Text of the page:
Robin Brock is a school resource officer for Baltimore County. During his 20-year career, Officer Brock has observed a number of constant changes within the police force. Some of these changes include improvements in laws, procedures and technology. Additionally, Brock reports that he has seen more minorities and females joining the police force in recent years.
What are your responsibilities as a school resource officer?
“I am assigned to a public school during my daily tour of duty. My responsibilities include law enforcement, law-related education, mentoring and ensuring that the students at my school have a safe place to learn.”
What is your favorite part about your daily duties?
“Seeing these kids mature from teenagers to young adults has been my favorite aspect of this job. On a daily basis I get to at least try to make a difference in the part of every juvenile and parent I meet. Patrol officers usually interact with the public only in dire circumstances. As a result, over the years they tend to become somewhat jaded and hardened due to their experiences. Dealing with students, parents and teachers on a daily basis has allowed me to maintain a very positive outlook and keep the optimistic views I had when I joined the department.”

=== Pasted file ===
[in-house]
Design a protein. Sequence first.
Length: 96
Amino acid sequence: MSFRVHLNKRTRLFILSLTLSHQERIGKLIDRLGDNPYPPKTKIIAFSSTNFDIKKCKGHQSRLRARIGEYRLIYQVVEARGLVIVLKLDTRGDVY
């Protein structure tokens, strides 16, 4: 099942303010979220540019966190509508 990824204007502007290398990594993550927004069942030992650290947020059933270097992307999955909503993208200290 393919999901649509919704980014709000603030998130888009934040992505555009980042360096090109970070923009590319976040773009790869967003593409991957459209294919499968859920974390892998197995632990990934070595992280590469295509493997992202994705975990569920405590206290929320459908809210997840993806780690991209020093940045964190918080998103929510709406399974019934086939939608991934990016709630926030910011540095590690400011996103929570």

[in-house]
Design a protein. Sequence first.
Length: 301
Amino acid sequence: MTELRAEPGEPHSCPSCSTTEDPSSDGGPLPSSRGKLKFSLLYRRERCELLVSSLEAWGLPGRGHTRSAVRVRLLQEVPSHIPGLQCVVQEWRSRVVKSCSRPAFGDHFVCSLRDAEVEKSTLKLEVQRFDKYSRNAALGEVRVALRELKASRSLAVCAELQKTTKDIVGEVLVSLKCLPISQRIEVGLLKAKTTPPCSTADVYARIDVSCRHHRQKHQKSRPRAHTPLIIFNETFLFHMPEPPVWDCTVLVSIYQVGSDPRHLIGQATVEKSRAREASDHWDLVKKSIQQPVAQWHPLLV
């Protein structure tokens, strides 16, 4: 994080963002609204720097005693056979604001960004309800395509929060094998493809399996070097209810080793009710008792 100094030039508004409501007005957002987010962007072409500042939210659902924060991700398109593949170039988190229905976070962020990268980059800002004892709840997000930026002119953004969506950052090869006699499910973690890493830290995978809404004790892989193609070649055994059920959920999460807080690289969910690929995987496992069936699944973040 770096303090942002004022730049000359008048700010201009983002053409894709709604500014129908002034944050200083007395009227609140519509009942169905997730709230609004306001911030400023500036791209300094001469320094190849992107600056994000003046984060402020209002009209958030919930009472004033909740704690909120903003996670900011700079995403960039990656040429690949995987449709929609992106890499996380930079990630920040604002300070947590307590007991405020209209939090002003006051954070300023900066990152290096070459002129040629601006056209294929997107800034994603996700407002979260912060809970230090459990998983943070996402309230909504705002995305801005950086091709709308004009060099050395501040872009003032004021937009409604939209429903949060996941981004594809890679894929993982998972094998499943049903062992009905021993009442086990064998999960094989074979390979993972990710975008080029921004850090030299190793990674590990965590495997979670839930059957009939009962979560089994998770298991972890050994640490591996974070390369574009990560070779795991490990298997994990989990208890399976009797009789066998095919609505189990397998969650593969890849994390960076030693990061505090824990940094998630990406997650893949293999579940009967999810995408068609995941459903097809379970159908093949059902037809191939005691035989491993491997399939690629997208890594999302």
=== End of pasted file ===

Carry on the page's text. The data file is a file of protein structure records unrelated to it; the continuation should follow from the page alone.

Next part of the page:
How has your education prepared you for your current role?
“The four years I spent in college were the most formative of my life. I was not prepared for the real world when I graduated high school, or even after I left the military. Those years at UMBC truly shaped my professional demeanor and allowed me to excel at my current job.”
What do you do to continue your education and training?
“Mostly, I read. However, our department has in-service training once a year, and I go to conferences during the summer where I learn more about how to improve as an SRO. My department has also allowed me to take courses offered by the department directly related to my job, and I’ve taken nearly every course they have. I take every training opportunity I can.”
Do you have any advice for others looking to enter this field?
“I would first say that everyone’s circumstances are different. I see many students graduate high school every year ready to take on professional careers like law enforcement right away. Others, like myself at that age, need more years of personal growth and emotional maturity before they’re ready. However, I cannot stress the benefit of a college education strongly enough. It may be the scholarly college environment and the far more rigorous post-high school process of learning itself, which helps to shape those additional years of personal growth in a far more meaningful way.”
Laura Catherine Hermoza has a lifelong love for writing. In addition to serving as a contributor to various media publications, she is also a published novelist of several books and works as a proofreader/editor. LC resides in Baltimore County.